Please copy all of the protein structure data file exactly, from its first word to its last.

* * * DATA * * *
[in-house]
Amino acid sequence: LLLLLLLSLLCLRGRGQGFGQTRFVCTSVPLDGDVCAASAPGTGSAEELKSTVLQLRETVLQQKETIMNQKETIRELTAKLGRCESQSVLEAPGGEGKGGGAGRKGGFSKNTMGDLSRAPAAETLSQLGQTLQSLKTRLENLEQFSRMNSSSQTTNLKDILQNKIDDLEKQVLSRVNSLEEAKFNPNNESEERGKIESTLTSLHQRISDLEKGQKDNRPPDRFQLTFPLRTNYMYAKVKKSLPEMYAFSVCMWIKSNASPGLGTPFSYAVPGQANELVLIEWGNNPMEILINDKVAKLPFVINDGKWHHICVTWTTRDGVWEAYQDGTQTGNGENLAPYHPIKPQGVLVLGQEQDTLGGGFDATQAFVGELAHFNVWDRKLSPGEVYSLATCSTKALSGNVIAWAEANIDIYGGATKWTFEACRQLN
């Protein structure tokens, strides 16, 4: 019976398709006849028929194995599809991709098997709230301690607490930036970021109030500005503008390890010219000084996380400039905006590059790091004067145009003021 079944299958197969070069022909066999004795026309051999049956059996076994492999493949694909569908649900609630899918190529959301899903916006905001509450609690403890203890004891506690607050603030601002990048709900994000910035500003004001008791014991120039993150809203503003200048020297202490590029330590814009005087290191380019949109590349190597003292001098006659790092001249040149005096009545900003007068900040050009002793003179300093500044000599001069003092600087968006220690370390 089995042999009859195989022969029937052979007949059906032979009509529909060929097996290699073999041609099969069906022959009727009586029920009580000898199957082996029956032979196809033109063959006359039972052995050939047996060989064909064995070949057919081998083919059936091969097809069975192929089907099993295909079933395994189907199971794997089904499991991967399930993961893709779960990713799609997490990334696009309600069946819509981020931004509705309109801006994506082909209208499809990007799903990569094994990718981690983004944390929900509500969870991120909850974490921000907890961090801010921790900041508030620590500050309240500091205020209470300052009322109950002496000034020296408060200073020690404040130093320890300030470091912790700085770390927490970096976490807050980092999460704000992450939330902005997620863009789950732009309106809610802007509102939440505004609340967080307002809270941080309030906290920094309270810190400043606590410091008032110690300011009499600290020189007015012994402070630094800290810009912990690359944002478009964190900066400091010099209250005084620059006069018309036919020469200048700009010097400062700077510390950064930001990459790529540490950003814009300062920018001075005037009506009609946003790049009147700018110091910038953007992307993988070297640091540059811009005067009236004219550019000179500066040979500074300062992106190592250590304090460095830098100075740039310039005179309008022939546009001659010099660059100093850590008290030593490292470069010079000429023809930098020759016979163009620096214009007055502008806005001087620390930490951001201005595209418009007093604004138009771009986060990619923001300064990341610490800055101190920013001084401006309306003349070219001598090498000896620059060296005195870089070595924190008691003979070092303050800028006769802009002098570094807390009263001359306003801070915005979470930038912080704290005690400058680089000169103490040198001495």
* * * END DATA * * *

[in-house]
Amino acid sequence: LLLLLLLSLLCLRGRGQGFGQTRFVCTSVPLDGDVCAASAPGTGSAEELKSTVLQLRETVLQQKETIMNQKETIRELTAKLGRCESQSVLEAPGGEGKGGGAGRKGGFSKNTMGDLSRAPAAETLSQLGQTLQSLKTRLENLEQFSRMNSSSQTTNLKDILQNKIDDLEKQVLSRVNSLEEAKFNPNNESEERGKIESTLTSLHQRISDLEKGQKDNRPPDRFQLTFPLRTNYMYAKVKKSLPEMYAFSVCMWIKSNASPGLGTPFSYAVPGQANELVLIEWGNNPMEILINDKVAKLPFVINDGKWHHICVTWTTRDGVWEAYQDGTQTGNGENLAPYHPIKPQGVLVLGQEQDTLGGGFDATQAFVGELAHFNVWDRKLSPGEVYSLATCSTKALSGNVIAWAEANIDIYGGATKWTFEACRQLN
């Protein structure tokens, strides 16, 4: 019976398709006849028929194995599809991709098997709230301690607490930036970021109030500005503008390890010219000084996380400039905006590059790091004067145009003021 079944299958197969070069022909066999004795026309051999049956059996076994492999493949694909569908649900609630899918190529959301899903916006905001509450609690403890203890004891506690607050603030601002990048709900994000910035500003004001008791014991120039993150809203503003200048020297202490590029330590814009005087290191380019949109590349190597003292001098006659790092001249040149005096009545900003007068900040050009002793003179300093500044000599001069003092600087968006220690370390 089995042999009859195989022969029937052979007949059906032979009509529909060929097996290699073999041609099969069906022959009727009586029920009580000898199957082996029956032979196809033109063959006359039972052995050939047996060989064909064995070949057919081998083919059936091969097809069975192929089907099993295909079933395994189907199971794997089904499991991967399930993961893709779960990713799609997490990334696009309600069946819509981020931004509705309109801006994506082909209208499809990007799903990569094994990718981690983004944390929900509500969870991120909850974490921000907890961090801010921790900041508030620590500050309240500091205020209470300052009322109950002496000034020296408060200073020690404040130093320890300030470091912790700085770390927490970096976490807050980092999460704000992450939330902005997620863009789950732009309106809610802007509102939440505004609340967080307002809270941080309030906290920094309270810190400043606590410091008032110690300011009499600290020189007015012994402070630094800290810009912990690359944002478009964190900066400091010099209250005084620059006069018309036919020469200048700009010097400062700077510390950064930001990459790529540490950003814009300062920018001075005037009506009609946003790049009147700018110091910038953007992307993988070297640091540059811009005067009236004219550019000179500066040979500074300062992106190592250590304090460095830098100075740039310039005179309008022939546009001659010099660059100093850590008290030593490292470069010079000429023809930098020759016979163009620096214009007055502008806005001087620390930490951001201005595209418009007093604004138009771009986060990619923001300064990341610490800055101190920013001084401006309306003349070219001598090498000896620059060296005195870089070595924190008691003979070092303050800028006769802009002098570094807390009263001359306003801070915005979470930038912080704290005690400058680089000169103490040198001495």